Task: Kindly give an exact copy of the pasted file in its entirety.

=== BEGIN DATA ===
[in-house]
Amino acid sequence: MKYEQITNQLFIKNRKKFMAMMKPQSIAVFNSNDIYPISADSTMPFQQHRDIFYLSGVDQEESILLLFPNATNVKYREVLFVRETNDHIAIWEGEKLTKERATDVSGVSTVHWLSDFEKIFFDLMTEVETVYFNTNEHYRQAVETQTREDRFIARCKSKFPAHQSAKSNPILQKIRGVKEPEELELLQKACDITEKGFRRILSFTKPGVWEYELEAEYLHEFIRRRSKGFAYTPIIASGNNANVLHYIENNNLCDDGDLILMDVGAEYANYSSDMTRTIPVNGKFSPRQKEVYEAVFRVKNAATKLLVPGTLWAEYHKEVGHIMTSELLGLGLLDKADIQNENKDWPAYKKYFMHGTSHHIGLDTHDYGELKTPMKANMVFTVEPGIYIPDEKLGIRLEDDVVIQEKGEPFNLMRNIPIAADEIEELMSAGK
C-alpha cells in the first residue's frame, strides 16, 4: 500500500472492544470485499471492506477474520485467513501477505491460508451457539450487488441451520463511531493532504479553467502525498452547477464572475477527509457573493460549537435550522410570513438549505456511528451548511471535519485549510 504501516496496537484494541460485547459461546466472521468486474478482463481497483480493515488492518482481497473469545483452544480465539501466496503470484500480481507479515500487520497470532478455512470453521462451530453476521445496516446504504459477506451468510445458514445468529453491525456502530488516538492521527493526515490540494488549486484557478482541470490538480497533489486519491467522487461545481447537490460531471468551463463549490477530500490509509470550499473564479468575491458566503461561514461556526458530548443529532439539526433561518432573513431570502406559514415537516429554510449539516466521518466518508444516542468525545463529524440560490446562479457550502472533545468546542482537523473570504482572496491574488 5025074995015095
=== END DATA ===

[in-house]
Amino acid sequence: MKYEQITNQLFIKNRKKFMAMMKPQSIAVFNSNDIYPISADSTMPFQQHRDIFYLSGVDQEESILLLFPNATNVKYREVLFVRETNDHIAIWEGEKLTKERATDVSGVSTVHWLSDFEKIFFDLMTEVETVYFNTNEHYRQAVETQTREDRFIARCKSKFPAHQSAKSNPILQKIRGVKEPEELELLQKACDITEKGFRRILSFTKPGVWEYELEAEYLHEFIRRRSKGFAYTPIIASGNNANVLHYIENNNLCDDGDLILMDVGAEYANYSSDMTRTIPVNGKFSPRQKEVYEAVFRVKNAATKLLVPGTLWAEYHKEVGHIMTSELLGLGLLDKADIQNENKDWPAYKKYFMHGTSHHIGLDTHDYGELKTPMKANMVFTVEPGIYIPDEKLGIRLEDDVVIQEKGEPFNLMRNIPIAADEIEELMSAGK
C-alpha cells in the first residue's frame, strides 16, 4: 500500500472492544470485499471492506477474520485467513501477505491460508451457539450487488441451520463511531493532504479553467502525498452547477464572475477527509457573493460549537435550522410570513438549505456511528451548511471535519485549510 504501516496496537484494541460485547459461546466472521468486474478482463481497483480493515488492518482481497473469545483452544480465539501466496503470484500480481507479515500487520497470532478455512470453521462451530453476521445496516446504504459477506451468510445458514445468529453491525456502530488516538492521527493526515490540494488549486484557478482541470490538480497533489486519491467522487461545481447537490460531471468551463463549490477530500490509509470550499473564479468575491458566503461561514461556526458530548443529532439539526433561518432573513431570502406559514415537516429554510449539516466521518466518508444516542468525545463529524440560490446562479457550502472533545468546542482537523473570504482572496491574488 5025074995015095